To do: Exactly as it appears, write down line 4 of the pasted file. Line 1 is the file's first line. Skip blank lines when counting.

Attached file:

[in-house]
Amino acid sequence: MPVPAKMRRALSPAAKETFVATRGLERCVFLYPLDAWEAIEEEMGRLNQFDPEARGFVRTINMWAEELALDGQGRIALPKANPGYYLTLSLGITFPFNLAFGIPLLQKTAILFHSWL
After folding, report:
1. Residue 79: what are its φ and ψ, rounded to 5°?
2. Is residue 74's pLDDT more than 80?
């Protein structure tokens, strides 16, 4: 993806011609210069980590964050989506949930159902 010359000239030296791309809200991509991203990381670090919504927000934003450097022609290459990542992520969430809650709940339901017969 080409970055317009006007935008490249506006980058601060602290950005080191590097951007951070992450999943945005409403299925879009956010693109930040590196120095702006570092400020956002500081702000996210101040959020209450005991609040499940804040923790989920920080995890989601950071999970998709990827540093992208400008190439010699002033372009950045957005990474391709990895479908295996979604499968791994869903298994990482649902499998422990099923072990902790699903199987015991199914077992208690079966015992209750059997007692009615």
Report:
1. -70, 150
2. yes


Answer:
1. Residue 79: what are its φ and ψ, rounded to 5°?